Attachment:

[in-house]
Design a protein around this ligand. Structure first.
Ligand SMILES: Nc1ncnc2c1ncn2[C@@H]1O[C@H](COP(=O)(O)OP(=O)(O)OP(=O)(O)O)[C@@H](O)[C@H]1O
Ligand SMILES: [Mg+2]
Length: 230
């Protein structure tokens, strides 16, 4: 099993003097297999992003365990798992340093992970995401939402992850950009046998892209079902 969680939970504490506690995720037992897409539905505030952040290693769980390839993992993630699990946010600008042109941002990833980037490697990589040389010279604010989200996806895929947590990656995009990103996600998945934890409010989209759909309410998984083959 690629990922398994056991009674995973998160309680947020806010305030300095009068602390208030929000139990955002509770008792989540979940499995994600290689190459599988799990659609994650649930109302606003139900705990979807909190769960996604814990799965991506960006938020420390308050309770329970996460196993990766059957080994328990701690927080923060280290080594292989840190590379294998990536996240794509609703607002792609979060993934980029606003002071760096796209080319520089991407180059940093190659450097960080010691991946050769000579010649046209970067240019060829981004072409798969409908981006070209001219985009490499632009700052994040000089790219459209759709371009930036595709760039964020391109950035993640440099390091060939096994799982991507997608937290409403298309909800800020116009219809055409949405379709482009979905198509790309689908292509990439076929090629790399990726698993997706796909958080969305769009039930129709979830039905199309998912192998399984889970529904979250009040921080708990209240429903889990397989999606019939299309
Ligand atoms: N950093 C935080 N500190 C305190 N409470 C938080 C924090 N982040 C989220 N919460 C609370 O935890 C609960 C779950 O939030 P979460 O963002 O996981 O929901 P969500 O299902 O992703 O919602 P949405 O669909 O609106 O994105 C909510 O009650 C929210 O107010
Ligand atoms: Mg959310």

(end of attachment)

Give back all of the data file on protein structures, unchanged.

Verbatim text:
[in-house]
Design a protein around this ligand. Structure first.
Ligand SMILES: Nc1ncnc2c1ncn2[C@@H]1O[C@H](COP(=O)(O)OP(=O)(O)OP(=O)(O)O)[C@@H](O)[C@H]1O
Ligand SMILES: [Mg+2]
Length: 230
């Protein structure tokens, strides 16, 4: 099993003097297999992003365990798992340093992970995401939402992850950009046998892209079902 969680939970504490506690995720037992897409539905505030952040290693769980390839993992993630699990946010600008042109941002990833980037490697990589040389010279604010989200996806895929947590990656995009990103996600998945934890409010989209759909309410998984083959 690629990922398994056991009674995973998160309680947020806010305030300095009068602390208030929000139990955002509770008792989540979940499995994600290689190459599988799990659609994650649930109302606003139900705990979807909190769960996604814990799965991506960006938020420390308050309770329970996460196993990766059957080994328990701690927080923060280290080594292989840190590379294998990536996240794509609703607002792609979060993934980029606003002071760096796209080319520089991407180059940093190659450097960080010691991946050769000579010649046209970067240019060829981004072409798969409908981006070209001219985009490499632009700052994040000089790219459209759709371009930036595709760039964020391109950035993640440099390091060939096994799982991507997608937290409403298309909800800020116009219809055409949405379709482009979905198509790309689908292509990439076929090629790399990726698993997706796909958080969305769009039930129709979830039905199309998912192998399984889970529904979250009040921080708990209240429903889990397989999606019939299309
Ligand atoms: N950093 C935080 N500190 C305190 N409470 C938080 C924090 N982040 C989220 N919460 C609370 O935890 C609960 C779950 O939030 P979460 O963002 O996981 O929901 P969500 O299902 O992703 O919602 P949405 O669909 O609106 O994105 C909510 O009650 C929210 O107010
Ligand atoms: Mg959310």